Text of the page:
Other high risk persons include those who are:
- experiencing homelessness
- ill and/or on certain medications
- using substances
- working outdoors (adults and young adults)
Heat stroke is the most serious heat-related illness. It occurs when the body becomes unable to control its temperature. The body's temperature rises rapidly, the sweating mechanism fails, and the body is unable to cool down. Body temperature may rise to 106°F or higher within 10 to 15 minutes. Heat stroke can cause death or permanent disability if emergency treatment is not provided.
Warning signs of heat stroke vary but may include the following:
- An Extremely High Body Temperature (Above 103°F)
- Rapid, Strong Pulse
- Red, Hot and Dry Skin (No Sweating)
- Throbbing Headache
What to Do
If you see any of these signs, you may be dealing with a life-threatening emergency. Have someone call for immediate medical assistance while you begin cooling the victim. Do the following:
- Get the victim to a shady area.
- Cool the victim rapidly, using whatever methods you can. For example, immerse the victim in a tub of cool water; place the person in a cool shower; spray the victim with cool water from a garden hose; sponge the person with cool water; or if the humidity is low, wrap the victim in a cool, wet sheet and fan him or her vigorously.
- Monitor body temperature and continue cooling efforts until the body temperature drops to 101-102°F.
- If emergency medical personnel are delayed, call the hospital emergency room for further instructions.
- Do not give the victim alcohol to drink.
- Get medical assistance as soon as possible.
Heat exhaustion is a milder form of heat-related illness that can develop after several days of exposure to high temperatures and inadequate or unbalanced replacement of fluids. Those most prone to heat exhaustion are elderly people, those with high blood pressure, and those working or exercising in a hot environment.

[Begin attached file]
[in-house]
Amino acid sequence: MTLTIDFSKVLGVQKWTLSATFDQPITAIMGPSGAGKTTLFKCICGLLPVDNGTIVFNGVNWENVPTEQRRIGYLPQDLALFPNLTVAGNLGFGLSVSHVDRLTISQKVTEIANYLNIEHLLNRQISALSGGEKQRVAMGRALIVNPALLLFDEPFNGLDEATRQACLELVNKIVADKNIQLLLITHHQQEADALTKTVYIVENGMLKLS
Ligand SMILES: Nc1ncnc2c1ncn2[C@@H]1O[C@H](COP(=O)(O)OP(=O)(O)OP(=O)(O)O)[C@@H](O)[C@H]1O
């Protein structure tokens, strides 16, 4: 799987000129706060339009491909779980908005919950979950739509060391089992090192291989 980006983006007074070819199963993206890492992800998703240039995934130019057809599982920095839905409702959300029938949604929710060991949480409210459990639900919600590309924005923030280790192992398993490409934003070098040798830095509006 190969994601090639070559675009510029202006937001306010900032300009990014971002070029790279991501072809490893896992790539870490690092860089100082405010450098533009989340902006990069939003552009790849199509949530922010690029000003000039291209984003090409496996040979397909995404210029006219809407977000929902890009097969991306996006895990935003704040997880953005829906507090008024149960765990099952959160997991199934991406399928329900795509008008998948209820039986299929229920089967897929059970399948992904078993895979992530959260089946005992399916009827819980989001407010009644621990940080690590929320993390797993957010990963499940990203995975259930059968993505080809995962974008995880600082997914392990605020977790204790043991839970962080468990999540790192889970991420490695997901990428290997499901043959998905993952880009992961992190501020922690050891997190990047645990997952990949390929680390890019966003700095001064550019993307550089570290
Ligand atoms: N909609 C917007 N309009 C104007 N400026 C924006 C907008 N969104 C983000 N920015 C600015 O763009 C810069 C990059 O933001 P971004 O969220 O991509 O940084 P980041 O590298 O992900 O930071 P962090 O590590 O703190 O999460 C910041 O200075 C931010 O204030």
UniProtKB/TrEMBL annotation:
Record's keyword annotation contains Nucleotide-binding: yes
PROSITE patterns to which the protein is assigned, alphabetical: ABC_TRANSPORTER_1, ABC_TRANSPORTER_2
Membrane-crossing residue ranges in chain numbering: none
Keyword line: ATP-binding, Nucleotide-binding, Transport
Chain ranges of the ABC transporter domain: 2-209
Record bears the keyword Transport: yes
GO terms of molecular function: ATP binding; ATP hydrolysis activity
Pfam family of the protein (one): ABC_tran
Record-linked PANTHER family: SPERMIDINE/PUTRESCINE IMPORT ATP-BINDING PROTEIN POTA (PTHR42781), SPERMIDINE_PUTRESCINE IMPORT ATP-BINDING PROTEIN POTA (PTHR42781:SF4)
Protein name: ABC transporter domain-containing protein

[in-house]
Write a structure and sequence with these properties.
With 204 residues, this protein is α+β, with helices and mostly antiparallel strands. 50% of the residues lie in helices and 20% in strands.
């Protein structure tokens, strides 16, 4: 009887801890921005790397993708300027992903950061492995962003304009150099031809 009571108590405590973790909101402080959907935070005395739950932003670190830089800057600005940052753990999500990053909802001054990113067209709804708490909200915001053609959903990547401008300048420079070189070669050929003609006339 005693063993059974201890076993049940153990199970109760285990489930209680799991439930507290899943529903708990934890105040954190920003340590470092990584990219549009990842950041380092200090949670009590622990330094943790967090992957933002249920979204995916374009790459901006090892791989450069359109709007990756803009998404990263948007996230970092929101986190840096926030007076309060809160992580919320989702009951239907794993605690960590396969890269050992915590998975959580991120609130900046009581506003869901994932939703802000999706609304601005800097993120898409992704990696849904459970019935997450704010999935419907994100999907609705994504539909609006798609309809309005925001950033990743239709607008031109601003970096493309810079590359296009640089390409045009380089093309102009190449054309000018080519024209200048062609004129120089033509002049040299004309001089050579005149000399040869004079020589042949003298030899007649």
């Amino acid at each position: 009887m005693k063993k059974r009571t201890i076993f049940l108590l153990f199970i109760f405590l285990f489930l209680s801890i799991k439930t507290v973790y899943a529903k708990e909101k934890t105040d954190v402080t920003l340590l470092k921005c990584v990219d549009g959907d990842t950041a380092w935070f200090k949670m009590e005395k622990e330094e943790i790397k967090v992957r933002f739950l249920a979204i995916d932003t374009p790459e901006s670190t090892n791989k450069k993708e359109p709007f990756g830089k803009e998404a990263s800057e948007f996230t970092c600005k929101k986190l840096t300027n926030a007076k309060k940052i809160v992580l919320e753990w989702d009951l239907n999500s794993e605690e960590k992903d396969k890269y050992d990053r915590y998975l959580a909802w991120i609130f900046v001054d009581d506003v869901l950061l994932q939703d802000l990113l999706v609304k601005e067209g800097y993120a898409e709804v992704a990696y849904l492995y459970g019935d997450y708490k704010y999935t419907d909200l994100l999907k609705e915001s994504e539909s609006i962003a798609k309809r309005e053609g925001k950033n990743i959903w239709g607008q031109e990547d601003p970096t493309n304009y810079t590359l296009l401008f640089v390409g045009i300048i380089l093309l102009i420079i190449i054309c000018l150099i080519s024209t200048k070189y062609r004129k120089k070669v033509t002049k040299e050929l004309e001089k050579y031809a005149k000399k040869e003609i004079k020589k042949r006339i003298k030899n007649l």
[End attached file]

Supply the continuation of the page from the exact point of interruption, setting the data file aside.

Warning signs of heat exhaustion vary but may include the following:
- Heavy sweating
- Muscle cramps
- Nausea or vomiting
The skin may be cool and moist. The pulse rate will be fast and weak, and breathing will be fast and shallow. If heat exhaustion is untreated, it may progress to heat stroke. See medical attention if symptoms worsen or last longer than one hour.
What to Do
- Drink cool, nonalcoholic beverages.
- Take a cool shower, bath, or sponge bath.
- Seek an air-conditioned environment.
- Wear lightweight clothing.
Heat cramps are muscle pains or spasms - usually in the abdomen, arms, or legs - that may occur in association with strenuous activity. People who sweat a lot during strenuous activity are prone to heat cramps. This sweating depletes the body's salt and moisture. The low salt level in the muscles causes painful cramps. Heat cramps may also be a symptom of heat exhaustion. If you have heart problems or are on a low-sodium diet, seek medical attention for heat cramps.
What to Do
If medical attention is not necessary, take the following steps:
- Stop all activity and sit quietly in a cool place.
- Drink clear juice or a sports beverage.
- Do not return to strenuous activity for a few hours after the cramps subside because further exertion may lead to heat exhaustion or heat stroke.
- Seek medical attention for heat cramps if they do not subside in 1 hour.
Heat rash is a skin irritation caused by excessive sweating during hot, humid weather. It can occur at any age but is most common in young children. Heat rash looks like a red cluster of pimples or small blisters. It is more likely to occur on the neck and upper chest, in the groin, under the breasts, and in elbow creases.
What to Do
The best treatment for heat rash is to provide a cooler, less humid environment. Keep the affected area dry. Dusting powder may be used to increase comfort.